Snoburbia is the work of Lydia Sullivan, a fellow Mountaineer who graduated in 1984, a few years before me, and who currently lives and works as a freelance editor in the Washington suburb of Montgomery County, Md. Though our paths have never crossed in West Virginia or in the D.C. journalism community, we clearly have much in common, including the world view of our blogs.
Snoburbia is the kind of blog enlightened rednecks can appreciate. I love this insight into the blog from the SOJ Insider story:
I love Nutella, too, and I’m not ashamed to “check in” at fast-food places via location-based services like Foursquare or to eat at chain restaurants like Applebee’s — two decisions which have surprised some D.C. friends. One day I may even order a Redneck Snack Basket.
Sullivan has turned Snoburbia into the kind of brand I’d love to have for enlightened rednecks. She sells t-shirts and an array of other products that illustrate the absurdity and condescension of suburbia. The image above of a U.S. map as coastal snobs see it is my favorite.
Filed under: Blogging and Food and Rednecks and West Virginia
We don’t want our children to be punished by agenda-driven teachers for sharing politically incorrect views that happen to be scriptural truth:
In this instance, the school reversed course and decided to embrace the constitutional principle of free speech after lawyers intervened. But these kinds of clashes are commonplace in public schools.
(Read previous “Why We Home-School” lessons.)
Filed under: Government and Home Schooling and News & Politics and Why We Home-School
A couple of weeks ago, amid a rain-saturated week, thousands of riders on Virginia Railway Express had to catch cabs or find other rides home when VRE canceled some service during the Thursday evening journey. Many people spent hours stuck in commuting limbo and no doubt were furious.
After seeing this picture, which VRE published in a newsletter for passengers this week, they should be grateful to VRE, as well as the rail owners CSX and Norfolk Southern, for avoiding a tragedy:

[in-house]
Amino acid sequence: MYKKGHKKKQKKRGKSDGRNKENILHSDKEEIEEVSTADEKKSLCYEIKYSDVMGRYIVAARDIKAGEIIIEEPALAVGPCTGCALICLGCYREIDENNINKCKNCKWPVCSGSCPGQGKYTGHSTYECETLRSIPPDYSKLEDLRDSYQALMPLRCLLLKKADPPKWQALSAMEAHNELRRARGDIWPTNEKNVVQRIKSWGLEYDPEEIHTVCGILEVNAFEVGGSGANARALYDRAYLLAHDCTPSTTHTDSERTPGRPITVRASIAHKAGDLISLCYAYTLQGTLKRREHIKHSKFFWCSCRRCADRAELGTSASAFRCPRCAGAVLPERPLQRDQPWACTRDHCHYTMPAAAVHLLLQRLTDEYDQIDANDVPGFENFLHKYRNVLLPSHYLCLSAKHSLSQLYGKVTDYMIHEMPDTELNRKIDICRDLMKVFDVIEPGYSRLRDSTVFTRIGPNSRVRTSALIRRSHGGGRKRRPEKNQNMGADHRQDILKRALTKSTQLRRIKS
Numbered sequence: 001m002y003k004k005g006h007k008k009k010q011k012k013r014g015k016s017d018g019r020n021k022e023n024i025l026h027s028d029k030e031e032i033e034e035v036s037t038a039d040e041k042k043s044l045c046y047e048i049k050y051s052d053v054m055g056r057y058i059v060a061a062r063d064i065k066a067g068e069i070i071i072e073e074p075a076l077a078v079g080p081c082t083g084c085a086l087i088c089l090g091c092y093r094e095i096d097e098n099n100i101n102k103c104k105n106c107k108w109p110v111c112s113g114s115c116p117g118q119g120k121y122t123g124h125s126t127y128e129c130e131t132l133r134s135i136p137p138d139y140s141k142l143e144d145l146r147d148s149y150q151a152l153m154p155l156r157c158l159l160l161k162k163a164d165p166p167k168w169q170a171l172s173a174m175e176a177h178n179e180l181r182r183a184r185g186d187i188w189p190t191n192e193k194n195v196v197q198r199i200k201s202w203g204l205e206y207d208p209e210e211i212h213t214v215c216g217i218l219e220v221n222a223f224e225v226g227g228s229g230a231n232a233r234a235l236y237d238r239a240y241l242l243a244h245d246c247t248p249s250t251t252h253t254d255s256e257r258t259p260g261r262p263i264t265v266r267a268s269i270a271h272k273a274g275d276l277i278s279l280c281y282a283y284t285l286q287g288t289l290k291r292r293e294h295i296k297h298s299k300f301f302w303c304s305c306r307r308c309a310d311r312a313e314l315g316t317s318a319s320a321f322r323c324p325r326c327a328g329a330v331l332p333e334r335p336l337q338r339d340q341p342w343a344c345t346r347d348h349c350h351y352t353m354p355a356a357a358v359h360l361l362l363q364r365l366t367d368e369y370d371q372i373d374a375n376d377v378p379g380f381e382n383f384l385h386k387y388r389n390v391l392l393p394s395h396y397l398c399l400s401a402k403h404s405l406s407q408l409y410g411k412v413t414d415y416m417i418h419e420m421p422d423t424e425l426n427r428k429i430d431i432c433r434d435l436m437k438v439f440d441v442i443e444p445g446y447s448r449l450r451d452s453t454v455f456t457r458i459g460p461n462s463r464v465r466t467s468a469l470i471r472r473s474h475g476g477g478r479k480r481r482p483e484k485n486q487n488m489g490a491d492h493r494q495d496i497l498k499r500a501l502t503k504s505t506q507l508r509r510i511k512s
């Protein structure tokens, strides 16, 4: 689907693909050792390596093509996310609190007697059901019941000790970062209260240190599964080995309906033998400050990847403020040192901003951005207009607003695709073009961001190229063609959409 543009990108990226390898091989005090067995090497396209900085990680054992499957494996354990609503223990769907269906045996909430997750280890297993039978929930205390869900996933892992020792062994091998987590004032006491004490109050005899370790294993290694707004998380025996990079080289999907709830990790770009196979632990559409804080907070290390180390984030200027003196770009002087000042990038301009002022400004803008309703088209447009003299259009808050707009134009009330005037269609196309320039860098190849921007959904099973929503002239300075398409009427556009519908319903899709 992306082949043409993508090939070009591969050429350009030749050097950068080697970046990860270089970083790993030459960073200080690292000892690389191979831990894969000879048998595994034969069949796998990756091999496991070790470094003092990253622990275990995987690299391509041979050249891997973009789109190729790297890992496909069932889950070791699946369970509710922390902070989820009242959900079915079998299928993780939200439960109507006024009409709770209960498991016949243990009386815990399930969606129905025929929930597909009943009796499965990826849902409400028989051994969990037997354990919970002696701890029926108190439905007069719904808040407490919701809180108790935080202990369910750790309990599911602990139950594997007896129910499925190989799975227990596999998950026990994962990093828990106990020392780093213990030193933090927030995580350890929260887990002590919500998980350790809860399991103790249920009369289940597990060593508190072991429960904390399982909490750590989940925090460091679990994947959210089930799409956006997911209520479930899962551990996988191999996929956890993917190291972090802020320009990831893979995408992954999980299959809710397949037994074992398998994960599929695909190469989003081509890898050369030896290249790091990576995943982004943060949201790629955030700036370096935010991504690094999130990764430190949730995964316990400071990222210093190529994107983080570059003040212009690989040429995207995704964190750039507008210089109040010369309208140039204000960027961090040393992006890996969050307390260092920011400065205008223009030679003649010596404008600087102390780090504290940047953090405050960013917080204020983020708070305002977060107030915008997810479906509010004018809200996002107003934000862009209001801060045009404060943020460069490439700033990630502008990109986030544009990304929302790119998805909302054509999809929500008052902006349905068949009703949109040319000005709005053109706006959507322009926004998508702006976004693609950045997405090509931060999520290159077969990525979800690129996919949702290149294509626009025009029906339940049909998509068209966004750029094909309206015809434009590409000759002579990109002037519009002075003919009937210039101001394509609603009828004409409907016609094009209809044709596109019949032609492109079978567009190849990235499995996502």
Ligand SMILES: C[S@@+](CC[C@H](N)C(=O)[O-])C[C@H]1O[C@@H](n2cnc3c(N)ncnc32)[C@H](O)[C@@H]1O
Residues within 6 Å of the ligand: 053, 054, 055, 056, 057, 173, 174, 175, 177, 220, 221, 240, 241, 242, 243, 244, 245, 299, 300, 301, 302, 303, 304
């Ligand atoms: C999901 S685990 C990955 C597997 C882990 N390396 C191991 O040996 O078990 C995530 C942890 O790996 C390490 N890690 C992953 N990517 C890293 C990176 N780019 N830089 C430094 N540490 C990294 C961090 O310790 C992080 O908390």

But VRE passengers also should be outraged that the rail lines didn’t impose speed restrictions earlier Sept. 8 — and that VRE didn’t pressure the rail lines to do so (at least so far as we riders know). The policies in place for determining when to slow trains for safety reasons and when to let them chug full steam are utterly nonsensical and thus both aggravating and dangerous at the same time.
The proof of this was evident a few weeks before the pictured ballast collapse on the Fredericksburg Line. The aggravation reached a pinnacle Aug. 18, when Norfolk Southern imposed speed restrictions of 15 miles per hour during an evening commute that barely got the tracks wet.
It was a knee-jerk decision driven by the same kind of mentality that prompts schools and local governments in the Washington area to close at the mere chance of snow or ice rather than visible precipitation. Our “turtle train” arrived more than an hour late, long after the few sprinkles had fallen. VRE fielded numerous complaints and shared that customer aggravation with Norfolk Southern.
That aggravation, followed days later by a legitimate earthquake-induced nightmare commute for VRE riders, likely led to Norfolk Southern’s dangerous leniency in imposing flood restrictions during heavy rainfalls the week of Sept. 4.
After catching grief from both VRE customers and VRE as a client, the rail company didn’t want to repeat its mistakes of the recent past, so it erred in the opposite direction. This, too, is the reaction of schools and local governments after they are rightly mocked for closing prematurely.
All of us VRE riders are glad that the long-distance vision of a locomotive engineer avoided tragedy Sept. 8, and we truly appreciate the commitment of both VRE and Norfolk Southern to our safety. We just wish they would exercise better judgment about when to impose speed restrictions based on fears of flash floods that could compromise the tracks.
(Editor’s note: I travel the Manassas Line and actually telecommuted the day before and the day of the track collapse covered in this blog post to avoid delays. I was stunned that the rail companies took so long to impose speed restrictions, tweeted my disgust as I watched the real-time updates on VRE’s Twitter account, and was mortified when I saw the picture of the ballast collapse.)
Filed under: D.C. Commuter Diary and Government and News & Politics and Photography